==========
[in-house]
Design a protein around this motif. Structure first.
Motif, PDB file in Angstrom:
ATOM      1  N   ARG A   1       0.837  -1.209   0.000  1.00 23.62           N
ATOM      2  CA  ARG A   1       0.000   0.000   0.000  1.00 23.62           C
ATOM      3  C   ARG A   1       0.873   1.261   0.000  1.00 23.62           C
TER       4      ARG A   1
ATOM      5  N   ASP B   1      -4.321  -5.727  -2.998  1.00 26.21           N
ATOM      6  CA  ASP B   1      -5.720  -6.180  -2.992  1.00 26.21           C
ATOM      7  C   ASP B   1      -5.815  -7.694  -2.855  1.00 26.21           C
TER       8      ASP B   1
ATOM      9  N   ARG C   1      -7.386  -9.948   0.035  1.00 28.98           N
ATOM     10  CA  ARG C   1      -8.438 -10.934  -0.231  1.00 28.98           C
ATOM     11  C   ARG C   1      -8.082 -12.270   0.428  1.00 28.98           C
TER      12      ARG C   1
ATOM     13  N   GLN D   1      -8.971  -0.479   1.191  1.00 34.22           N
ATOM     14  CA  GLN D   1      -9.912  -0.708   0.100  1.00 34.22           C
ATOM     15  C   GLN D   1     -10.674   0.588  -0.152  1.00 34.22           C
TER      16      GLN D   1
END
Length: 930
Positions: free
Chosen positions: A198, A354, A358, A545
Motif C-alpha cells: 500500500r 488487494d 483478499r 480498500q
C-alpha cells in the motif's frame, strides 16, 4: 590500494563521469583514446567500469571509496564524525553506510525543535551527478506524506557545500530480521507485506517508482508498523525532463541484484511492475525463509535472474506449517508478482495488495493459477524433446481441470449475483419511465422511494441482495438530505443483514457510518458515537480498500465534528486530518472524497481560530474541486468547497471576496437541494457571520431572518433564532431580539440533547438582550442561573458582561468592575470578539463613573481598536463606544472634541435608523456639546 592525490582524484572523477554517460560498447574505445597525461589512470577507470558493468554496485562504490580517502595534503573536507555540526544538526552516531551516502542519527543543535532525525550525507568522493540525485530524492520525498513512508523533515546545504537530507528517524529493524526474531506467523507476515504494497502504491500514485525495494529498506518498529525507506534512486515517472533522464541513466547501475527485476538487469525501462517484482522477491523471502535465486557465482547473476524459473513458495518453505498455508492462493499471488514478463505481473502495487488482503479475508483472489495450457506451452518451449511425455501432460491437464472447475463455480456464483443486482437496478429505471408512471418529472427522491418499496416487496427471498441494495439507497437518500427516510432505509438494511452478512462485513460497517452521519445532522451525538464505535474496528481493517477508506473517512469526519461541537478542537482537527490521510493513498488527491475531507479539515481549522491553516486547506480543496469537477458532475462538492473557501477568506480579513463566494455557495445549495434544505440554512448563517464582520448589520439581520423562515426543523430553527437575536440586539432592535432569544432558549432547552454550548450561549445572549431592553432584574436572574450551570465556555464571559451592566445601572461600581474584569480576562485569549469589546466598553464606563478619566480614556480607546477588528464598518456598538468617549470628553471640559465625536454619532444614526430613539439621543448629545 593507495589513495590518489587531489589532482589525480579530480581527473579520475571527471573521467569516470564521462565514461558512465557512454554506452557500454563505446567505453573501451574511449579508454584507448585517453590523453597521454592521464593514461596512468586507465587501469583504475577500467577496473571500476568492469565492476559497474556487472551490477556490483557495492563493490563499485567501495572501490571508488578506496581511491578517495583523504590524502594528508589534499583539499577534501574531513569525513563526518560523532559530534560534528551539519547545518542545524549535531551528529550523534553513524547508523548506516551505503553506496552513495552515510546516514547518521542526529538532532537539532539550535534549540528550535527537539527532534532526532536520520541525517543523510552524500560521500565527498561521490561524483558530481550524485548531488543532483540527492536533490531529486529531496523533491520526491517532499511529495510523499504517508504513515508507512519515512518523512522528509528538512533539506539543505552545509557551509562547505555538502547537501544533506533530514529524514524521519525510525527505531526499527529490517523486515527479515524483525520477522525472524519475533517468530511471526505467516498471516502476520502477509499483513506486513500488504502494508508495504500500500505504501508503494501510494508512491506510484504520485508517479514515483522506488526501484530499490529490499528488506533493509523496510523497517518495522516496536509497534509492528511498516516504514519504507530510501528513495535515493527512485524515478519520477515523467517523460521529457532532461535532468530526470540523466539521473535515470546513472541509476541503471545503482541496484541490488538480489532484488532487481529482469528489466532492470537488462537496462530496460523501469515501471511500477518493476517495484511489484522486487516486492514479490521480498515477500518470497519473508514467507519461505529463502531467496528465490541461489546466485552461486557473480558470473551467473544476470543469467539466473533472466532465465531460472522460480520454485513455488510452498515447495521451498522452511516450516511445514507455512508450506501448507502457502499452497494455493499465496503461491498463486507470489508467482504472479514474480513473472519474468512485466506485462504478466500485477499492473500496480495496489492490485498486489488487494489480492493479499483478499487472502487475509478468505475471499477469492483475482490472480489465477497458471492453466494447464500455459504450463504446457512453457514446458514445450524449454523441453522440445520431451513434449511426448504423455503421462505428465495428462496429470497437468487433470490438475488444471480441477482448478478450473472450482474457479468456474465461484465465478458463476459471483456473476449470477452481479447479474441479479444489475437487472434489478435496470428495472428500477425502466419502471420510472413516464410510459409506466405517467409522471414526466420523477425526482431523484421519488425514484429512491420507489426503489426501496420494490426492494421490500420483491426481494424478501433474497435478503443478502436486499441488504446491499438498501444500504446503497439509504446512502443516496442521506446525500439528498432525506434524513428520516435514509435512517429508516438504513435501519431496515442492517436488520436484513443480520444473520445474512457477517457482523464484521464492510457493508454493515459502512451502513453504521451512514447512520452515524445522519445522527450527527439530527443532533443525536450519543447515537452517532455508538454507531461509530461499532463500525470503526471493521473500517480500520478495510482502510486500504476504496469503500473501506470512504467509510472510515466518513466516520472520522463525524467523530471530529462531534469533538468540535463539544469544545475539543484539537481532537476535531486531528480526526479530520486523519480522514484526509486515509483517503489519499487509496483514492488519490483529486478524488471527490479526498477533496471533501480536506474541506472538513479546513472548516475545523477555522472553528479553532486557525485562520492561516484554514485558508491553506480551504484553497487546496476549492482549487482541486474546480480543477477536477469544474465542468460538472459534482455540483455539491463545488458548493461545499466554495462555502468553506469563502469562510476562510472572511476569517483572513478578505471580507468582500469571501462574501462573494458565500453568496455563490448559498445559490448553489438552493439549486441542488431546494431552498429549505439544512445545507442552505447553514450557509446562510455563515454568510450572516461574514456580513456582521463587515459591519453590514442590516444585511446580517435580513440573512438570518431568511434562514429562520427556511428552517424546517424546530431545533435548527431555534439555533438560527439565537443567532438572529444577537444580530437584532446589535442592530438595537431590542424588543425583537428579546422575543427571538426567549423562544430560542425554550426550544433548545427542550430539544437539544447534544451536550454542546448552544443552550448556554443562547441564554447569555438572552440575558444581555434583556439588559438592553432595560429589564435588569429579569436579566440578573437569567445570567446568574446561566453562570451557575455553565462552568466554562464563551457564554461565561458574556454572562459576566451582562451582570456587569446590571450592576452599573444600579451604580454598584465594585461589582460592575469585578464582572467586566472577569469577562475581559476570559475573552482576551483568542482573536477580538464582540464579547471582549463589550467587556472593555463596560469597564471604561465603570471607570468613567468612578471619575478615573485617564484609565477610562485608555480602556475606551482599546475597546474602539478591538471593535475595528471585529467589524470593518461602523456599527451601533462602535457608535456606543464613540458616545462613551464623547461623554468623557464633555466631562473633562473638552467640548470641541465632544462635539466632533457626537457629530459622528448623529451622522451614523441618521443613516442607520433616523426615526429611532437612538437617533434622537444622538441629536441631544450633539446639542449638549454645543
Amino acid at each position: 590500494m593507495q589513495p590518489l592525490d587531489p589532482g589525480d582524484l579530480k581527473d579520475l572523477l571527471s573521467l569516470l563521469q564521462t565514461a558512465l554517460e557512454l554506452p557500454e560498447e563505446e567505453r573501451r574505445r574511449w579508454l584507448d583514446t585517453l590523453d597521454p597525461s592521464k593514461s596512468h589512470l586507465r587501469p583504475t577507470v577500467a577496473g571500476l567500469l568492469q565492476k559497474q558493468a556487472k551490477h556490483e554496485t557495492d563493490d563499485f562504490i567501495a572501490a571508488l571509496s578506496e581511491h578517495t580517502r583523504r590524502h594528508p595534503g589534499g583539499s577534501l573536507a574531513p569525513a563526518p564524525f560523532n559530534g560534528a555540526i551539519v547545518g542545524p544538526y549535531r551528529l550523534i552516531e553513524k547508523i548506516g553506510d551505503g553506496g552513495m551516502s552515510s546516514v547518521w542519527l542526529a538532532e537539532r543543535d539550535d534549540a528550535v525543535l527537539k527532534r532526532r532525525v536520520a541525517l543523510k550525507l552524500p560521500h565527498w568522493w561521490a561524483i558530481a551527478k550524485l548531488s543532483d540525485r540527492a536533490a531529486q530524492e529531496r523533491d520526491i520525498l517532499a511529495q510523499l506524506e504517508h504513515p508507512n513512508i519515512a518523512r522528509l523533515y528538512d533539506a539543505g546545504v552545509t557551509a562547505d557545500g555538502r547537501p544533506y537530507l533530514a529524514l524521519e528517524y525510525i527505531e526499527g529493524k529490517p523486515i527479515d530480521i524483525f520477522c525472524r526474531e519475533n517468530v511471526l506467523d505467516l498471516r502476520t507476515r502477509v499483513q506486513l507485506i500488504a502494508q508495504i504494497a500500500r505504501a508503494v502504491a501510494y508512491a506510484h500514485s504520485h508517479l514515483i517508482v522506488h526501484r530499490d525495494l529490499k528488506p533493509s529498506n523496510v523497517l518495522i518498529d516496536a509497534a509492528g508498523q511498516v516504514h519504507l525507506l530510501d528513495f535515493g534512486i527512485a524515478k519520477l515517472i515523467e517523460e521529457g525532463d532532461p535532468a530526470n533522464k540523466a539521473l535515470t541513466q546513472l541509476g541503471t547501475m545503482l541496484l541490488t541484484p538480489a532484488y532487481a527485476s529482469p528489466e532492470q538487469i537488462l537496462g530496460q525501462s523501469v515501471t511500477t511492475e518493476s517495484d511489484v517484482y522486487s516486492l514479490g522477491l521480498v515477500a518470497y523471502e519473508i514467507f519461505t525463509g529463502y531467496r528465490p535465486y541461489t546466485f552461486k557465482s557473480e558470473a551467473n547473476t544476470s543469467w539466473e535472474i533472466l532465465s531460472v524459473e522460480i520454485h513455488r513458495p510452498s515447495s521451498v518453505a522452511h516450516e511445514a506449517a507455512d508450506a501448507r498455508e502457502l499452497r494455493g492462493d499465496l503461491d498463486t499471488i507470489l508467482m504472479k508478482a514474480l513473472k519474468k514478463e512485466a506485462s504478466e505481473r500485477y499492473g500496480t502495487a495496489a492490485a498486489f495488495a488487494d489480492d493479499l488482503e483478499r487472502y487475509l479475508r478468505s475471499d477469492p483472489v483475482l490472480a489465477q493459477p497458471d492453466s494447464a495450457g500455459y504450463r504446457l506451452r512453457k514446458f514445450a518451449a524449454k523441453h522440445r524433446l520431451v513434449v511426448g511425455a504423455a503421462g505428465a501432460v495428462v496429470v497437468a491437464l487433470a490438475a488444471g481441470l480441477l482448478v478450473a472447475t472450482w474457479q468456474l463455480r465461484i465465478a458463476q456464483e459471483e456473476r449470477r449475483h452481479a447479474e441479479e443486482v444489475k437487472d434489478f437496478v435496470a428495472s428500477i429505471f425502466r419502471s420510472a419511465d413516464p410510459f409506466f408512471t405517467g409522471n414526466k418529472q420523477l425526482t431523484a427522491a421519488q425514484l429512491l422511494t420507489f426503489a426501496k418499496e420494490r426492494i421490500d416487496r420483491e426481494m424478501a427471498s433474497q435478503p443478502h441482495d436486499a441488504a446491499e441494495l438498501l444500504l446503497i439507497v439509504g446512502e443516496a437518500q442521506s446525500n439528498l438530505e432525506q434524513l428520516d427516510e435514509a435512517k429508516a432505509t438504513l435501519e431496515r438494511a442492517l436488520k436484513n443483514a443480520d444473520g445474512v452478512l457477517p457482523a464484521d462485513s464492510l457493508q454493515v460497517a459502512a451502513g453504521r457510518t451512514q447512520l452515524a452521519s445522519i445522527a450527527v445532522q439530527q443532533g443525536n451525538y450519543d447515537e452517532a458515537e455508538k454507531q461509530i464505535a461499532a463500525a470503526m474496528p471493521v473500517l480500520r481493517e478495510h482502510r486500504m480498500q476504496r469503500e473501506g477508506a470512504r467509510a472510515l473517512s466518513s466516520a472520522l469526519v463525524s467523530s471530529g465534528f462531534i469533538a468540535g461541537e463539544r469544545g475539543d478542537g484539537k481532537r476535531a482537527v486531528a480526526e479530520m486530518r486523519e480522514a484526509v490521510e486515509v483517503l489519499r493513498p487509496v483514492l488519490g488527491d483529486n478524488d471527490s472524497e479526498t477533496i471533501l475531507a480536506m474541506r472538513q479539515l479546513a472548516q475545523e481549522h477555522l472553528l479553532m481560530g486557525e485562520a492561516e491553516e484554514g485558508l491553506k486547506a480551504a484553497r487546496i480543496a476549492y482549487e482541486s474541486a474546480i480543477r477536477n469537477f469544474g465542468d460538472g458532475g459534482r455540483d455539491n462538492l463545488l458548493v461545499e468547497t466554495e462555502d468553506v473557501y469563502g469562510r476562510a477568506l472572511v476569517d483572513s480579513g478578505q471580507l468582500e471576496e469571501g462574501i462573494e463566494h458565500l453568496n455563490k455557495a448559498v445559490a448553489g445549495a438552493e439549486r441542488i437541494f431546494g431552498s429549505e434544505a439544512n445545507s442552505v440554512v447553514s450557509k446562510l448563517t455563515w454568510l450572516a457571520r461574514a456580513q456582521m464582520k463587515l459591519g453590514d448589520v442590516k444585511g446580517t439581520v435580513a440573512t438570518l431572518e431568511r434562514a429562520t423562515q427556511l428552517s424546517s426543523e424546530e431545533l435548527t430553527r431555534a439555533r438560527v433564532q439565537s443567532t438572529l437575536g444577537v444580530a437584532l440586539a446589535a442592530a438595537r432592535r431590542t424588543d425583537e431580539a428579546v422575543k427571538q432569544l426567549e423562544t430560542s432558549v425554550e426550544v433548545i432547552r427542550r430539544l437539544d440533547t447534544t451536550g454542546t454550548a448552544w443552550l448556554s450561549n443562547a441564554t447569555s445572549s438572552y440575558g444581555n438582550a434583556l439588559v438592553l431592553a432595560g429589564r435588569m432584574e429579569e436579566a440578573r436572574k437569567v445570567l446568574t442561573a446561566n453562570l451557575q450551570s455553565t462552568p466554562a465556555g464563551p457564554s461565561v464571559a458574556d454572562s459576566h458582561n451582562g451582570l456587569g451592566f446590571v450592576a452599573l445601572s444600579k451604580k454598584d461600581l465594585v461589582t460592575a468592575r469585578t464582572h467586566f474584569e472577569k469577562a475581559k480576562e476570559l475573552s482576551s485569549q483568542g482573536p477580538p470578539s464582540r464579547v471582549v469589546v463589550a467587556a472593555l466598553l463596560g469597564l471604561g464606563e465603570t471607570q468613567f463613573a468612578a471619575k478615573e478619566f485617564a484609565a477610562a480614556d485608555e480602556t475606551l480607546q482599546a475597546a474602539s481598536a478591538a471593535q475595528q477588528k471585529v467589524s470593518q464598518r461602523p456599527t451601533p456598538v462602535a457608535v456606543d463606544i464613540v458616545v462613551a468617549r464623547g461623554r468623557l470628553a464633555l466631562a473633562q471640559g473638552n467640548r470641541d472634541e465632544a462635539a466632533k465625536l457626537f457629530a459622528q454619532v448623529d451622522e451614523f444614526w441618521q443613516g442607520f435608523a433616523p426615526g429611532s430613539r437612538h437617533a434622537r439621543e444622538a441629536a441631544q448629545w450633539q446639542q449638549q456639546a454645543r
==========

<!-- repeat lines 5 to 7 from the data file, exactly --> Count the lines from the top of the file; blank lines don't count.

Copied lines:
ATOM      2  CA  ARG A   1       0.000   0.000   0.000  1.00 23.62           C
ATOM      3  C   ARG A   1       0.873   1.261   0.000  1.00 23.62           C
TER       4      ARG A   1